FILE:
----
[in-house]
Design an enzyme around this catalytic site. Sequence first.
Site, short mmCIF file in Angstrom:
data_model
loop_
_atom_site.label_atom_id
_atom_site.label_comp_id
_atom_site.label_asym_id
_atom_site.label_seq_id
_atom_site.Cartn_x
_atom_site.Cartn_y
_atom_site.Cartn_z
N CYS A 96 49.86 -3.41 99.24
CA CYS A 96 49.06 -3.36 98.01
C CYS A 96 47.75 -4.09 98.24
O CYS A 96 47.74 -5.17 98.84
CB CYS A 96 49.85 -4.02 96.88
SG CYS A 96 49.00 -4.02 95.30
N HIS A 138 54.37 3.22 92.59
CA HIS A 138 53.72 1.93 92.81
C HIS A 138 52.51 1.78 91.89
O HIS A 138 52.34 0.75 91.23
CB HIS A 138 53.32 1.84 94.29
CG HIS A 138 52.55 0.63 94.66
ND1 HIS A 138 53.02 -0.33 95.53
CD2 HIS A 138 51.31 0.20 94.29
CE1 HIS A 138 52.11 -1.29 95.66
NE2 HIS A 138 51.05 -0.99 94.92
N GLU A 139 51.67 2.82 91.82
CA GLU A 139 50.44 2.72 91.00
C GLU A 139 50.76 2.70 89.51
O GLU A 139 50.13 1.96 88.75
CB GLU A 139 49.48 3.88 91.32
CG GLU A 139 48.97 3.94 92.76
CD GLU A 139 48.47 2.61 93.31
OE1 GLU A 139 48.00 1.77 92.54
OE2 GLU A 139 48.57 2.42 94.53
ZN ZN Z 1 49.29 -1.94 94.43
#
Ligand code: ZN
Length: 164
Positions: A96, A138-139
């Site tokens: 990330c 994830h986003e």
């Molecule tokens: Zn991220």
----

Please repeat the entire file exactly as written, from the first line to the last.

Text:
[in-house]
Design an enzyme around this catalytic site. Sequence first.
Site, short mmCIF file in Angstrom:
data_model
loop_
_atom_site.label_atom_id
_atom_site.label_comp_id
_atom_site.label_asym_id
_atom_site.label_seq_id
_atom_site.Cartn_x
_atom_site.Cartn_y
_atom_site.Cartn_z
N CYS A 96 49.86 -3.41 99.24
CA CYS A 96 49.06 -3.36 98.01
C CYS A 96 47.75 -4.09 98.24
O CYS A 96 47.74 -5.17 98.84
CB CYS A 96 49.85 -4.02 96.88
SG CYS A 96 49.00 -4.02 95.30
N HIS A 138 54.37 3.22 92.59
CA HIS A 138 53.72 1.93 92.81
C HIS A 138 52.51 1.78 91.89
O HIS A 138 52.34 0.75 91.23
CB HIS A 138 53.32 1.84 94.29
CG HIS A 138 52.55 0.63 94.66
ND1 HIS A 138 53.02 -0.33 95.53
CD2 HIS A 138 51.31 0.20 94.29
CE1 HIS A 138 52.11 -1.29 95.66
NE2 HIS A 138 51.05 -0.99 94.92
N GLU A 139 51.67 2.82 91.82
CA GLU A 139 50.44 2.72 91.00
C GLU A 139 50.76 2.70 89.51
O GLU A 139 50.13 1.96 88.75
CB GLU A 139 49.48 3.88 91.32
CG GLU A 139 48.97 3.94 92.76
CD GLU A 139 48.47 2.61 93.31
OE1 GLU A 139 48.00 1.77 92.54
OE2 GLU A 139 48.57 2.42 94.53
ZN ZN Z 1 49.29 -1.94 94.43
#
Ligand code: ZN
Length: 164
Positions: A96, A138-139
């Site tokens: 990330c 994830h986003e």
């Molecule tokens: Zn991220």